2-Door Cabinet RSDC02
The 2-door cabinet is about twice the height of the other ToolBlox tool storage cabinets. This makes it well suited for storing bulkier equipment. There might be a shelf in there – we’re not sure. Most users will probably want this to be at the bottom of their ToolBlox stack.
1-Drawer Cabinet RSDR01
The large ball bearing drawer will probably be most fitting for bulkier tools and supplies. Maybe things like corded saws or hose reels – things like that.
2-Drawer Cabinet RSDR02
The 2-drawer cabinet features two full-width and half-height drawers.
4-Drawer Cabinet RSDR04
This is the ToolBlox cabinet that I find most appealing and would probably line my workspace walls with if given the chance. It features four half-height and half-width drawers that look to be semi-independently lockable.
There are locks on both sides of the cabinet, which I assume means you can lock or unlock left and right vertical drawer pairs independently from the other side.
Roller Base RSRB01
With Ryobi ToolBlox cabinets and tool boxes as large as they are, it’s not going to be easy moving them around a garage or workspace, at least not without the roller base. ToolBlox cabinets can be stacked on top of the roller base as if it were a separate module.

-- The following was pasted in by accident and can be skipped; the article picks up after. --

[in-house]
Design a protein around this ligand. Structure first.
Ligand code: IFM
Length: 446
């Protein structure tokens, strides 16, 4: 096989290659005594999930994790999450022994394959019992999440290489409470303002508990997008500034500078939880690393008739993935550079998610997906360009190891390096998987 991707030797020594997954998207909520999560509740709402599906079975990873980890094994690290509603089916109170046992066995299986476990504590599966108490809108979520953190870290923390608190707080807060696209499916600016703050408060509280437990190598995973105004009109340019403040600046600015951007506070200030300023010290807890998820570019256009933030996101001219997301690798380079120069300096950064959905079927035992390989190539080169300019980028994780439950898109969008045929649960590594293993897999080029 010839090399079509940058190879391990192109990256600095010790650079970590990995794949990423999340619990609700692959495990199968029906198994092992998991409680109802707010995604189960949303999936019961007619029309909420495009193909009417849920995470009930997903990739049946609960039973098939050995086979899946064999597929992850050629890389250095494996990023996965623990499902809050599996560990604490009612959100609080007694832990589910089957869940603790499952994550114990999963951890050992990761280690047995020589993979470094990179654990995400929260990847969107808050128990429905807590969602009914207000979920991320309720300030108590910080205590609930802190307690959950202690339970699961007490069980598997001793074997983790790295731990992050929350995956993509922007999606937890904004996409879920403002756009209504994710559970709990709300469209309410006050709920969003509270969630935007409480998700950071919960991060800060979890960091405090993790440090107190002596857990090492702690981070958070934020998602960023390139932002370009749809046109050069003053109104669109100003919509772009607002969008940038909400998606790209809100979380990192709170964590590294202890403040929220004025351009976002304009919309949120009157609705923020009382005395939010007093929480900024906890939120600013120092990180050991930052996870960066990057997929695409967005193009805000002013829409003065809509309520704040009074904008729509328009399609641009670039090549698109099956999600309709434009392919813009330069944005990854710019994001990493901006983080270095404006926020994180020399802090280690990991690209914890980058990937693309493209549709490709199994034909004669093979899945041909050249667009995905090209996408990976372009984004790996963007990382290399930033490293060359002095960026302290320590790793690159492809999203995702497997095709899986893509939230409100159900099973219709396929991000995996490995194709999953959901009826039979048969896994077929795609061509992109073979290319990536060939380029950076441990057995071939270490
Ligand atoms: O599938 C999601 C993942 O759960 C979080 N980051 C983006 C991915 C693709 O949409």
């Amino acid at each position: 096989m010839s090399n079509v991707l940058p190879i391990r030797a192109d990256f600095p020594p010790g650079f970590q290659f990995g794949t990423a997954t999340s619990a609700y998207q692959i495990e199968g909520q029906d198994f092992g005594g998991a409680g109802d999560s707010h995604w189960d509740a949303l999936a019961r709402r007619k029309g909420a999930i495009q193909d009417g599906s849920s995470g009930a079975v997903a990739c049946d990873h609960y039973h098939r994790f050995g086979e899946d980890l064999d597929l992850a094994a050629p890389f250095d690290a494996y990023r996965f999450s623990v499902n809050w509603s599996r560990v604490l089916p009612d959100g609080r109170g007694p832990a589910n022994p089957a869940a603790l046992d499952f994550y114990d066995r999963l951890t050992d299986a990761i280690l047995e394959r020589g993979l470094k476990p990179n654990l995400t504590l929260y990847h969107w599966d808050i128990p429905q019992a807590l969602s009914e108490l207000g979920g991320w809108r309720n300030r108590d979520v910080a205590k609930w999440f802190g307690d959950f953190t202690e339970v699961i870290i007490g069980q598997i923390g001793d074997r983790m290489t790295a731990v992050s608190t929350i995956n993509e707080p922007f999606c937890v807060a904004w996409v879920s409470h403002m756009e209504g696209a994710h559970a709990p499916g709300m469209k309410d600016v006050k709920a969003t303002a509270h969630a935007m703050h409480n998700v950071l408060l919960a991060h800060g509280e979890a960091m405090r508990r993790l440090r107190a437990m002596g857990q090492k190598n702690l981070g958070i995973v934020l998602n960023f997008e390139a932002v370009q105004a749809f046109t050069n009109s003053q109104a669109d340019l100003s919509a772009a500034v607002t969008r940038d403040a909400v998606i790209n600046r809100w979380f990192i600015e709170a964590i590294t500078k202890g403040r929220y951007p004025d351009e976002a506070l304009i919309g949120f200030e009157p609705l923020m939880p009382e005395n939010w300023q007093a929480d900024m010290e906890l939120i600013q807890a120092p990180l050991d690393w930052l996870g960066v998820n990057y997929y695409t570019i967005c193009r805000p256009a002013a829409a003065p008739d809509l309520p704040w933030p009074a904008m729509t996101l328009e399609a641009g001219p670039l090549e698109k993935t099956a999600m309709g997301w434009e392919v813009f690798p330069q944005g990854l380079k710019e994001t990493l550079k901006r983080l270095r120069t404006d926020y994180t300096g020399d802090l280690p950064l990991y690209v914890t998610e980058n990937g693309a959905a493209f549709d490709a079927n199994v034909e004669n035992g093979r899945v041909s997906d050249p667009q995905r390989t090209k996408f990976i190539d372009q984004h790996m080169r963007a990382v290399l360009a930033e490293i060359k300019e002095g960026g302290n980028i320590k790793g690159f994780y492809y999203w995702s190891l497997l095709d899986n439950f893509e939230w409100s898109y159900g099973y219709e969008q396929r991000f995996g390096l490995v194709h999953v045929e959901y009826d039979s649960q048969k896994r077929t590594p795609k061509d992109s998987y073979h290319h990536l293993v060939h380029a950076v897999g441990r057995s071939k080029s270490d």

It’s uncertain, but it seems there are two straight caster wheels and two locking swivel caster wheels. There’s no word on weight capacity of the base, and we also haven’t seen weight limits for the ToolBox cabinets’ ball bearing drawer slides.
Wall Mounting Rail RSWR01
There’s also a steel mounting rail that makes it easy to mount individual ToolBox cabinets to the wall.
4-Cabinet Set RS4UNK
There will be at least one combination set. This one comes with a 1-door cabinet, a 1-drawer cabinet, a 2-drawer cabinet, and a 4-drawer cabinet.
The 4-module ToolBlox combo is currently priced at $499 AUD, which is just under $450 USD. Tool and storage prices tend to be higher in Australia.
Wow, just wow.
The new Ryobi ToolBlox modular storage system takes my mind back to the BluCave wall cabinet system, which I also find to be quite appealing.
What impresses me most is about how different the ToolBlox setup seems compared to the tool storage options I’m used to. It’s not just the uniqueness that has me excited about the ToolBlox lineup, but also the perceived functionality.
These cabinets don’t look to be particularly useful for organizing and storing things like screwdrivers, wrenches, ratchets, or sockets. For those types of tools, I have my traditionally-styled tool chests and cabinets with their many drawers and ball bearing slides.
But for more general tools, supplies, and equipment – these ToolBlox cabinets would make quick work of organizing my workspace.
Right now there’s no confirmation that Ryobi will bring their ToolBlox tool storage cabinets to the USA, but I sincerely hope they will. I also hope that USA retail pricing will be quite a bit lower than in Australia.
Thanks Glenn for the tip!